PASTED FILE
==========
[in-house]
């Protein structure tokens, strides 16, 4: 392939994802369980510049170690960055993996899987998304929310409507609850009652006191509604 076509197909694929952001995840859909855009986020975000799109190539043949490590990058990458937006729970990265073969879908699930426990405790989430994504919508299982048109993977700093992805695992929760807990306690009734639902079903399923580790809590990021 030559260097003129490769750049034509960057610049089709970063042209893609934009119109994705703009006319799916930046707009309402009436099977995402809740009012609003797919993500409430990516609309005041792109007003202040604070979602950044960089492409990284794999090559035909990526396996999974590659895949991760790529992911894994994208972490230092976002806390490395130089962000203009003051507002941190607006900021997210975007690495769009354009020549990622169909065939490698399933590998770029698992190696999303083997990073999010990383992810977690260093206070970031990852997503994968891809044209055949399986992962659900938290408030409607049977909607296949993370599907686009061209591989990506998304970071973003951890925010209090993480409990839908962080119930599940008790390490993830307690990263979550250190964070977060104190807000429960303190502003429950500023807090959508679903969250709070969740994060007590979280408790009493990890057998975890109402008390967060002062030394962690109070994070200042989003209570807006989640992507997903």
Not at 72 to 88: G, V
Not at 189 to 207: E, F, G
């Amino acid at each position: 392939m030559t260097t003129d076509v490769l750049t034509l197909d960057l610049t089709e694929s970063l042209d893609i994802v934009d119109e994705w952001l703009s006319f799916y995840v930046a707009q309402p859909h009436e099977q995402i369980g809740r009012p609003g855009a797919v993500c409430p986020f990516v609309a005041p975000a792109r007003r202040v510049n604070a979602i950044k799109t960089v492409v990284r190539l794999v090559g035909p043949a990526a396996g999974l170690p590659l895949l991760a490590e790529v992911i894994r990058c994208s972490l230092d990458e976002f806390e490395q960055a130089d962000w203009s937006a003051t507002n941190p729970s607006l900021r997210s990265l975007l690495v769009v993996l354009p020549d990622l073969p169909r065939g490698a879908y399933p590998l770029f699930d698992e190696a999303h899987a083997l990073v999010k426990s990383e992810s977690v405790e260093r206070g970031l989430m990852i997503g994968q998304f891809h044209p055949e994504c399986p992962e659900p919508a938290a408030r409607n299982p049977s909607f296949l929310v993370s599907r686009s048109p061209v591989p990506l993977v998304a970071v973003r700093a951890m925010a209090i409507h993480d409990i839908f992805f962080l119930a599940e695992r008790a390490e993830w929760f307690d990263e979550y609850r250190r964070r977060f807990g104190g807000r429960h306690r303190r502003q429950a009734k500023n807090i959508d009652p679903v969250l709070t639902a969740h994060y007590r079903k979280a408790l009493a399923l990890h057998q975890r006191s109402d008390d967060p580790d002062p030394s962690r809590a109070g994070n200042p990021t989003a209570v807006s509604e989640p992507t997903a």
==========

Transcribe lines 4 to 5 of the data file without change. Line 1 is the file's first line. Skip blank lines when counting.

Not at 189 to 207: E, F, G
């Amino acid at each position: 392939m030559t260097t003129d076509v490769l750049t034509l197909d960057l610049t089709e694929s970063l042209d893609i994802v934009d119109e994705w952001l703009s006319f799916y995840v930046a707009q309402p859909h009436e099977q995402i369980g809740r009012p609003g855009a797919v993500c409430p986020f990516v609309a005041p975000a792109r007003r202040v510049n604070a979602i950044k799109t960089v492409v990284r190539l794999v090559g035909p043949a990526a396996g999974l170690p590659l895949l991760a490590e790529v992911i894994r990058c994208s972490l230092d990458e976002f806390e490395q960055a130089d962000w203009s937006a003051t507002n941190p729970s607006l900021r997210s990265l975007l690495v769009v993996l354009p020549d990622l073969p169909r065939g490698a879908y399933p590998l770029f699930d698992e190696a999303h899987a083997l990073v999010k426990s990383e992810s977690v405790e260093r206070g970031l989430m990852i997503g994968q998304f891809h044209p055949e994504c399986p992962e659900p919508a938290a408030r409607n299982p049977s909607f296949l929310v993370s599907r686009s048109p061209v591989p990506l993977v998304a970071v973003r700093a951890m925010a209090i409507h993480d409990i839908f992805f962080l119930a599940e695992r008790a390490e993830w929760f307690d990263e979550y609850r250190r964070r977060f807990g104190g807000r429960h306690r303190r502003q429950a009734k500023n807090i959508d009652p679903v969250l709070t639902a969740h994060y007590r079903k979280a408790l009493a399923l990890h057998q975890r006191s109402d008390d967060p580790d002062p030394s962690r809590a109070g994070n200042p990021t989003a209570v807006s509604e989640p992507t997903a």